Analytical and Bioanalytical Chemistry

, Volume 405, Issue 20, pp 6479–6487 | Cite as

Molecularly imprinted polymers as synthetic receptors for the QCM-D-based detection of l-nicotine in diluted saliva and urine samples

  • J. Alenus
  • A. Ethirajan
  • F. Horemans
  • A. Weustenraed
  • P. Csipai
  • J. Gruber
  • M. Peeters
  • T. J. Cleij
  • P. WagnerEmail author
Research Paper


Molecularly imprinted polymers (MIPs) are synthetic receptors that are able to specifically bind their target molecules in complex samples, making them a versatile tool in biosensor technology. The combination of MIPs as a recognition element with quartz crystal microbalances (QCM-D with dissipation monitoring) gives a straightforward and sensitive device, which can simultaneously measure frequency and dissipation changes. In this work, bulk-polymerized l-nicotine MIPs were used to test the feasibility of l-nicotine detection in saliva and urine samples. First, l-nicotine-spiked saliva and urine were measured after dilution in demineralized water and 0.1× phosphate-buffered saline solution for proof-of-concept purposes. l-nicotine could indeed be detected specifically in the biologically relevant micromolar concentration range. After successfully testing on spiked samples, saliva was analyzed, which was collected during chewing of either nicotine tablets with different concentrations or of smokeless tobacco. The MIPs in combination with QCM-D were able to distinguish clearly between these samples: This proves the functioning of the concept with saliva, which mediates the oral uptake of nicotine as an alternative to the consumption of cigarettes.


Schematics of the sample-preparation procedure for l-nicotine spiked saliva- and urine samples with various concentration levels

Open image in new window


Molecularly imprinted polymers l-nicotine Nicotine tablets Smokeless tobacco Quartz crystal microbalance Dissipation monitoring 



This work is supported by an IMEC Ph.D. Fellowship (J. Alenus), by the Life-Science Initiative of the Province of Limburg (M. Peeters), and by the Internationalization Program of Universidade de São Paulo, Brazil (P. Csipai). The authors also would like to thank H. Penxten, J. Soogen, C. Willems, and J. Baccus cordially for technical assistance.


  1. 1.
    Cormack PA, Elorza AZ (2004) Molecularly imprinted polymers: synthesis and characterisation. J Chromatogr B 804:173–182CrossRefGoogle Scholar
  2. 2.
    Batra D, Shea KJ (2003) Combinatorial methods in molecular imprinting. Curr Opin Chem Biol 3:434–442CrossRefGoogle Scholar
  3. 3.
    Sellergren B (2000) Imprinted polymers with memory for small molecules, proteins, or crystals. Angew Chem Int Ed 6:1031–1037CrossRefGoogle Scholar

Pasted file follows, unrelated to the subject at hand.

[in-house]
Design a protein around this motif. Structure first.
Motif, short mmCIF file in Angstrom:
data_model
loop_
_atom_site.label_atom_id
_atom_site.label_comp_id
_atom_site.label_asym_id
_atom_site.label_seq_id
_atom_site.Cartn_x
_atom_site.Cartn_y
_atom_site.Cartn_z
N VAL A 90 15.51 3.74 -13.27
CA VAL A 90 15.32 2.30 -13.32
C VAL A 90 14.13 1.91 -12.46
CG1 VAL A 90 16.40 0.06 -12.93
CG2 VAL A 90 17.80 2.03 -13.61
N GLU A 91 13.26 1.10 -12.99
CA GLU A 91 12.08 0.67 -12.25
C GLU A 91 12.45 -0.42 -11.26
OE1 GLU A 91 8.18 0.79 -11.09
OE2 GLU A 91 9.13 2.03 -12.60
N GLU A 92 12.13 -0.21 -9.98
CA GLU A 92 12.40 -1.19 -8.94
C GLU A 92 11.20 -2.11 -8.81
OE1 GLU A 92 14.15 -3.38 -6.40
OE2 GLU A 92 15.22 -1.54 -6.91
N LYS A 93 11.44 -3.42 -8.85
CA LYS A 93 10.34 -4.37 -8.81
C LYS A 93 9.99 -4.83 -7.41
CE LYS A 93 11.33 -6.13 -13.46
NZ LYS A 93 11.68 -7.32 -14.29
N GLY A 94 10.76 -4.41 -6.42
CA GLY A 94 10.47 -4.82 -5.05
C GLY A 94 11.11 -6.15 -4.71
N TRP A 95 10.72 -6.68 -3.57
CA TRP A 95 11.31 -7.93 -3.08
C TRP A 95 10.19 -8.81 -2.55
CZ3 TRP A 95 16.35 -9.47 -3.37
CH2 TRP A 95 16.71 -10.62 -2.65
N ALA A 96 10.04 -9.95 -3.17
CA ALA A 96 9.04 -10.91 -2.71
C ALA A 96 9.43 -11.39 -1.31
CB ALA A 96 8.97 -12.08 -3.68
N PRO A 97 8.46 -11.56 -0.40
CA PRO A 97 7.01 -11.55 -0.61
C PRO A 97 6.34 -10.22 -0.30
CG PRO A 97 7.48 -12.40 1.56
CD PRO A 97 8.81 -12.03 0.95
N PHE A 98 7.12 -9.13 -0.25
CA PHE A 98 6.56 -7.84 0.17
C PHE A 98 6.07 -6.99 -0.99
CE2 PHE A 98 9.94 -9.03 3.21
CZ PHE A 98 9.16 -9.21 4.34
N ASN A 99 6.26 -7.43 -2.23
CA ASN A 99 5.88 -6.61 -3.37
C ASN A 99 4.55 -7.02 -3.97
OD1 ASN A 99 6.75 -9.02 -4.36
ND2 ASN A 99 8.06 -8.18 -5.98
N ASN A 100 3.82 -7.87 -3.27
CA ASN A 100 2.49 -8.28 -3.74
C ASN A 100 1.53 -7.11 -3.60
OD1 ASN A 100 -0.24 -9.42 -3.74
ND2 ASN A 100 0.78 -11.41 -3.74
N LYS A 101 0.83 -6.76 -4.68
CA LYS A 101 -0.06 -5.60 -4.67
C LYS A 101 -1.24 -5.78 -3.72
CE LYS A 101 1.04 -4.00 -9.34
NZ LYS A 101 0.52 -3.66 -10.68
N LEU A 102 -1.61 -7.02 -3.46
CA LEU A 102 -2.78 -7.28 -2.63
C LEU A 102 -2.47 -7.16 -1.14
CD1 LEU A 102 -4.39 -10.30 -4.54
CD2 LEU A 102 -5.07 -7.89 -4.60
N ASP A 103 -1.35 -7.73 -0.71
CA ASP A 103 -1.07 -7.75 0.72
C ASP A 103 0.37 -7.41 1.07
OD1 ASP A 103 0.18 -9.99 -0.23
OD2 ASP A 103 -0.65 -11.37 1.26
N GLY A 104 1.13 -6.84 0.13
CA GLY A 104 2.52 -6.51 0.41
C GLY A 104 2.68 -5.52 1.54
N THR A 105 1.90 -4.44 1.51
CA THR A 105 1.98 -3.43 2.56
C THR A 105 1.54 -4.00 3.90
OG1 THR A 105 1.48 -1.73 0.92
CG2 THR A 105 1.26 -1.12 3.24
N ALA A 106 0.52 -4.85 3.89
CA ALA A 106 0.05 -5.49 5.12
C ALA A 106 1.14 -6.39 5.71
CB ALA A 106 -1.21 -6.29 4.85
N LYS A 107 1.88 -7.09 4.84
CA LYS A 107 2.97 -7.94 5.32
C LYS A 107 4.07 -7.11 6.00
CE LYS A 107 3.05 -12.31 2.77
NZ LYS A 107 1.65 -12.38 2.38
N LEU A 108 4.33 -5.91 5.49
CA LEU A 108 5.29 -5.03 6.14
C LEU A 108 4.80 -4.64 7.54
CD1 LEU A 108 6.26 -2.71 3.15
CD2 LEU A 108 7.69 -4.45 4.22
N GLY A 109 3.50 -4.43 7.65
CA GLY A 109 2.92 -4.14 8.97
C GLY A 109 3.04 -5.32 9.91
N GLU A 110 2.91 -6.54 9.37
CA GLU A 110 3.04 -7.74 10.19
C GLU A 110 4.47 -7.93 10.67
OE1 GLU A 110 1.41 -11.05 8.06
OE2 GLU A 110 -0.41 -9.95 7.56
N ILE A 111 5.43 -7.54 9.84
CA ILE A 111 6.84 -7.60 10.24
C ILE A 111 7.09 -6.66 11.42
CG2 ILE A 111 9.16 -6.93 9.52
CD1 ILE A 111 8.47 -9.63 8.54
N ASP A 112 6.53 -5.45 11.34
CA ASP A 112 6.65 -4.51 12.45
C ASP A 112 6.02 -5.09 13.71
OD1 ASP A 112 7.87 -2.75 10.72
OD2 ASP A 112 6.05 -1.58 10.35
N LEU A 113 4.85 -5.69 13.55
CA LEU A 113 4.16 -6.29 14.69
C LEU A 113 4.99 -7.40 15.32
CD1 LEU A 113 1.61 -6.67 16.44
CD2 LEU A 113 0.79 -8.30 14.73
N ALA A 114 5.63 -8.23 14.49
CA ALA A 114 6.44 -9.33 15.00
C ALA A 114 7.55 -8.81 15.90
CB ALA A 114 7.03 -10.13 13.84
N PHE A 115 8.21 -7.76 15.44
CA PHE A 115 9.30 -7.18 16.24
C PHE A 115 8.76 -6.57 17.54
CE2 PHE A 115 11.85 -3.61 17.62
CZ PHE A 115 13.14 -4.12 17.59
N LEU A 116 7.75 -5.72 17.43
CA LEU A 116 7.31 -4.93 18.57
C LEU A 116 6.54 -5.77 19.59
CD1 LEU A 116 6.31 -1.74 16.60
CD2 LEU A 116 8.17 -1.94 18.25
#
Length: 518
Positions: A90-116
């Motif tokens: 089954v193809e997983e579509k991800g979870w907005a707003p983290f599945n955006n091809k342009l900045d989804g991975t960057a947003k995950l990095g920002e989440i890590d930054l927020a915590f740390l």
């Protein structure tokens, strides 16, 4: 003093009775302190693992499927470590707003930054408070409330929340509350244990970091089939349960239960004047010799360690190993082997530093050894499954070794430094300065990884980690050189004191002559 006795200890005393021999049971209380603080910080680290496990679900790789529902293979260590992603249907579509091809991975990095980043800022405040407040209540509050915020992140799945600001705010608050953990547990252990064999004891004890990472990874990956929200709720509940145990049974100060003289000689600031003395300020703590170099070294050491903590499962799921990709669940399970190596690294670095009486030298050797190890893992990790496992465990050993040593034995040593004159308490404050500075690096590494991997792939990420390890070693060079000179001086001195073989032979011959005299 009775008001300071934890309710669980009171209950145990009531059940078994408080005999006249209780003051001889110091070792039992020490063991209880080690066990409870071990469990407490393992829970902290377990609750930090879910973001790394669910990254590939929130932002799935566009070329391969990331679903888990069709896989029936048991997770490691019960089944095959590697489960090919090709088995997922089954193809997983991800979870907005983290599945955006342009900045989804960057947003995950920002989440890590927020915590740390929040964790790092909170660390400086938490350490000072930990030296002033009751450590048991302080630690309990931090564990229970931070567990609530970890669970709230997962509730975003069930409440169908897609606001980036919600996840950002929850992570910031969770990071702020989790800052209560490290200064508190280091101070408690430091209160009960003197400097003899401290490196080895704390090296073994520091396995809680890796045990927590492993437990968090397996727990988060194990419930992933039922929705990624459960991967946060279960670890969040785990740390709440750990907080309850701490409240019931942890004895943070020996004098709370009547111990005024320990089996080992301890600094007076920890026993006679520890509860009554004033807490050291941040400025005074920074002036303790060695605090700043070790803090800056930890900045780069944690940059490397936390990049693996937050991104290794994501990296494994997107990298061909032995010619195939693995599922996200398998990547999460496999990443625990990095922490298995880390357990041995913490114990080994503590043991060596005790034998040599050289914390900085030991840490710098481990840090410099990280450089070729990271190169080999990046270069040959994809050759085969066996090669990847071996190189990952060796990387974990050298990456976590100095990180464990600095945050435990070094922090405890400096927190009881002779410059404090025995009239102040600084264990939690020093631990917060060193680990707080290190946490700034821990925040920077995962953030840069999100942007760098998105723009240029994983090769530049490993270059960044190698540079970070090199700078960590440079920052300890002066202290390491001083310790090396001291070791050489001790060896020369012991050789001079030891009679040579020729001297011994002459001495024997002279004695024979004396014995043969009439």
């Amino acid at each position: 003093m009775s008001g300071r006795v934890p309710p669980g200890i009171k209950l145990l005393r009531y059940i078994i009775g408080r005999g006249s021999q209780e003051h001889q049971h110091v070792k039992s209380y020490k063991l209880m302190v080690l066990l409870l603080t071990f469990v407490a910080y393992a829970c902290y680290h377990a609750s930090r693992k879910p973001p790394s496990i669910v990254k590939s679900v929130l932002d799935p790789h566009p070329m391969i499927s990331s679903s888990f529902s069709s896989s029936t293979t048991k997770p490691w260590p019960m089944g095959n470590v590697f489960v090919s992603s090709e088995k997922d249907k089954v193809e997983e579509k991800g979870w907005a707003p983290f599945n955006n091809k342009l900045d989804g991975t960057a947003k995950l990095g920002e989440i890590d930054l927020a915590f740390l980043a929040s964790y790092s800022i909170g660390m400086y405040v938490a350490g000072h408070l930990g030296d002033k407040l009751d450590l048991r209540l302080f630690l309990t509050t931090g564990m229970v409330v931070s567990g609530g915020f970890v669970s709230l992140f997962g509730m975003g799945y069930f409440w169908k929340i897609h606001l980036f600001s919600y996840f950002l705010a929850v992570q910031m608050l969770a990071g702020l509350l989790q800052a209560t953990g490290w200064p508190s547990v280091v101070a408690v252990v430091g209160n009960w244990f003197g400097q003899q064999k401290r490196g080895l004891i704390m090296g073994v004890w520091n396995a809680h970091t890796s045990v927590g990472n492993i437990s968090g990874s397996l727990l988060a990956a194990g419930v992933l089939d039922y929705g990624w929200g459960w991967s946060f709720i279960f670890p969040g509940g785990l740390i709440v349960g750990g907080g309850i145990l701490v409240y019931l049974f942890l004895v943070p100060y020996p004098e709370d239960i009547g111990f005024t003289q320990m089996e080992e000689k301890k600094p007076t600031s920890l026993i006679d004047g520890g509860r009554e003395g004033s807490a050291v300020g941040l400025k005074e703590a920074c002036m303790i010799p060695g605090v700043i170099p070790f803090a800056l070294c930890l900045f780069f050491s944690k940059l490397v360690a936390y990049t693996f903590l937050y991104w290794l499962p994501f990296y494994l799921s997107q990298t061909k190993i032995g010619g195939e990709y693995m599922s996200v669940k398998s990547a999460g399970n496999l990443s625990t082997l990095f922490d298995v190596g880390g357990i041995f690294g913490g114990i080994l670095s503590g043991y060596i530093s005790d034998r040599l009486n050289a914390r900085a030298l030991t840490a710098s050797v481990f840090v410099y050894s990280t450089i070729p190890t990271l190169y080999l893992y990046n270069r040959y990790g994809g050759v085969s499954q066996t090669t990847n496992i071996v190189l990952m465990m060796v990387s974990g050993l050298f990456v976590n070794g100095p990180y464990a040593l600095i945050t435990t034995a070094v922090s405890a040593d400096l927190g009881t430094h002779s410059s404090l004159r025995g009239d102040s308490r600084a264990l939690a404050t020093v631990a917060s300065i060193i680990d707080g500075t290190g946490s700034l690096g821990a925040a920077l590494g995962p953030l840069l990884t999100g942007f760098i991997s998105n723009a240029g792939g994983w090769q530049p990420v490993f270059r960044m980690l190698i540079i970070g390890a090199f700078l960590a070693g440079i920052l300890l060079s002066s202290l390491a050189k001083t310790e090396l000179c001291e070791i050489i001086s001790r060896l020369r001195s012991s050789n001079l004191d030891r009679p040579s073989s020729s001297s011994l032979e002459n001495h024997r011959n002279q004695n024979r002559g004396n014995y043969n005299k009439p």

4. 4.
    Mayes AG, Whitcombe MJ (2005) Synthetic strategies for the generation of molecularly imprinted organic polymers. Adv Drug Deliv Rev 12:1742–1778CrossRefGoogle Scholar
  5. 5.
    Dong J, Gao N, Peng Y, Guo C, Lv Z, Wang Y et al (2012) Surface plasmon resonance sensor for profenofos detection using molecularly imprinted thin film as recognition element. Food Control 2:543–549CrossRefGoogle Scholar
  6. 6.
    Wei C, Zhou H, Zhou J (2011) Ultrasensitively sensing acephate using molecular imprinting techniques on a surface plasmon resonance sensor. Talanta 5:1422–1427CrossRefGoogle Scholar
  7. 7.
    Tsuru N, Kikuchi M, Kawaguchi H, Shiratori S (2006) A quartz crystal microbalance sensor coated with MIP for “Bisphenol A” and its properties. Thin Solid Films 1–2:380–385CrossRefGoogle Scholar
  8. 8.
    Horemans F, Alenus J, Bongaers E, Weustenraed A, Thoelen R, Duchateau J et al (2010) MIP-based sensor platforms for the detection of histamine in the nano- and micromolar range in aqueous media. Sensors Actuators B Chem 2:392–398CrossRefGoogle Scholar
  9. 9.
    Piletsky SA, Alcock S, Turner AP (2001) Molecular imprinting: at the edge of the third millennium. Trends Biotechnol 1:9–12CrossRefGoogle Scholar
  10. 10.
    Alizadeh T, Zare M, Ganjali MR, Norouzi P, Tavana B (2010) A new molecularly imprinted polymer (MIP)-based electrochemical sensor for monitoring 2,4,6-trinitrotoluene (TNT) in natural waters and soil samples. Biosens Bioelectron 5:1166–1172CrossRefGoogle Scholar
  11. 11.
    Sun H, Mo ZH, Choy JTS, Zhu DR, Fung YS (2008) Piezoelectric quartz crystal sensor for sensing taste-causing compounds in food. Sensors Actuators B Chemical 1:148–158CrossRefGoogle Scholar
  12. 12.
    Jiang X, Zhao C, Jiang N, Zhang H, Liu M (2008) Selective solid-phase extraction using molecular imprinted polymer for the analysis of diethylstilbestrol. Food Chem 3:1061–1067CrossRefGoogle Scholar
  13. 13.
    Bereczki A, Tolokán A, Horvai G, Horváth V, Lanza F, Hall AJ et al (2001) Determination of phenytoin in plasma by molecularly imprinted solid-phase extraction. J Chromatogr A 1–2:31–38Google Scholar
  14. 14.
    Masqué N, Marcé R, Borrull F (2001) Molecularly imprinted polymers: new tailor-made materials for selective solid-phase extraction. TrAC Trends Anal Chem 9:477–486CrossRefGoogle Scholar
  15. 15.
    Ansell RJ, Kriz D, Mosbach K (1996) Molecularly imprinted polymers for bioanalysis: chromatography, binding assays and biomimetic sensors. Curr Opin Biotechnol 1:89–94CrossRefGoogle Scholar
  16. 16.
    Huang J, Xing X, Zhang X, He X, Lin Q, Lian W et al (2011) A molecularly imprinted electrochemical sensor based on multiwalled carbon nanotube-gold nanoparticle composites and chitosan for the detection of tyramine. Food Res Int 1:276–281CrossRefGoogle Scholar
  17. 17.
    Lin TY, Hu CH, Chou TC (2004) Determination of albumin concentration by MIP-QCM sensor. Biosens Bioelectron 1:75–81CrossRefGoogle Scholar
  18. 18.
    Valero-Navarro A, Salinas-Castillo A, Fernández-Sánchez JF, Segura-Carretero A, Mallavia R, Fernández-Gutiérrez A (2009) The development of a MIP-optosensor for the detection of monoamine naphthalenes in drinking water. Biosens Bioelectron 7:2305–2311CrossRefGoogle Scholar
  19. 19.
    Haupt K, Mosbach K (1998) Plastic antibodies: developments and applications. Trends Biotechnol 11:468–475CrossRefGoogle Scholar